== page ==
Blood glucose monitors: a laboratory and patient assessment.Br Med J 1980; 280 doi: https://doi.org/10.1136/bmj.280.6211.362 (Published 09 February 1980) Cite this as: Br Med J 1980;280:362
- D J Webb,
- J M Lovesay,
- A Ellis,
- A H Knight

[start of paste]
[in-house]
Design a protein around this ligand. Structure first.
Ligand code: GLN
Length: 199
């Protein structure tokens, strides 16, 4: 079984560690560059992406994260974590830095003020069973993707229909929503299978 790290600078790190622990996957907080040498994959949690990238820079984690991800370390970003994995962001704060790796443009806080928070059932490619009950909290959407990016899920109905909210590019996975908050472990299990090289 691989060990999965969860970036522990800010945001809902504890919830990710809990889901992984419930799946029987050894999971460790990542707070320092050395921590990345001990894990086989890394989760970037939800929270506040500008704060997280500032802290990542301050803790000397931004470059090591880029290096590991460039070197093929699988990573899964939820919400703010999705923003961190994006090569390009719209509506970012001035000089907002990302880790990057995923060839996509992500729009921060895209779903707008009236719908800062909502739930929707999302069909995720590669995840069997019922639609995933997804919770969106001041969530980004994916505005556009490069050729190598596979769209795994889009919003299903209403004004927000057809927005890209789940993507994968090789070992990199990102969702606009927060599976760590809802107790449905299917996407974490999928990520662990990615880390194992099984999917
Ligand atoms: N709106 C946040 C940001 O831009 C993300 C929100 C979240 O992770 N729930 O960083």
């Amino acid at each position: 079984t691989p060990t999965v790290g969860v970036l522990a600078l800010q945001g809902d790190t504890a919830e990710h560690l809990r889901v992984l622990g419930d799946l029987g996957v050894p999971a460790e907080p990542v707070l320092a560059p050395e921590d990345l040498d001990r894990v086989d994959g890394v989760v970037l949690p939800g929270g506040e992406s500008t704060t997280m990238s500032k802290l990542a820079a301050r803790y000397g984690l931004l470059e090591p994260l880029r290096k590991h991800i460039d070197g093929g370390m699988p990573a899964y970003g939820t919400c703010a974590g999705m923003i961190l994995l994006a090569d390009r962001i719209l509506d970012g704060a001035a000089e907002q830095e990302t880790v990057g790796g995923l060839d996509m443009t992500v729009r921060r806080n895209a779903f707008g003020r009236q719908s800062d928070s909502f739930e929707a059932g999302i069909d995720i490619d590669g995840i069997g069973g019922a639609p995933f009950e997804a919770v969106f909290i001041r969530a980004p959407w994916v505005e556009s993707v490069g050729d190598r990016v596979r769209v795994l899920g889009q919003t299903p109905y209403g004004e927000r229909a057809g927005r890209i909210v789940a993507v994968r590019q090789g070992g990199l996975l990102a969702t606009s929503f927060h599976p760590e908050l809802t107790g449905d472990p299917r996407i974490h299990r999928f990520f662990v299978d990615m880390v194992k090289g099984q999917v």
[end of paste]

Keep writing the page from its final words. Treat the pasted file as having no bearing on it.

The four blood glucose monitors available in the United Kingdom were compared by asking the opinions of 24 patients who used each monitor for two weeks, by correlating their blood glucose results with those obtained in the laboratory, and by having the monitors examined by an electronics engineer. Of the battery-operated monitors, patients preferred the Hypocount (15) to the Glucochek (9). The mains-operated units were less popular, with little to choose between Eyetone and Reflomat. Under field conditions the blood glucose results obtained with the Glucochek correlated poorly with the standard reference method. In contrast the Hypocount, Eyetone, and Reflomat machines produced good correlations. Poor results with the Glucochek were mainly due to faulty timing systems. The patients' preference for the Hypocount was supported by tests of performance under laboratory conditions and by the electronics engineer's report.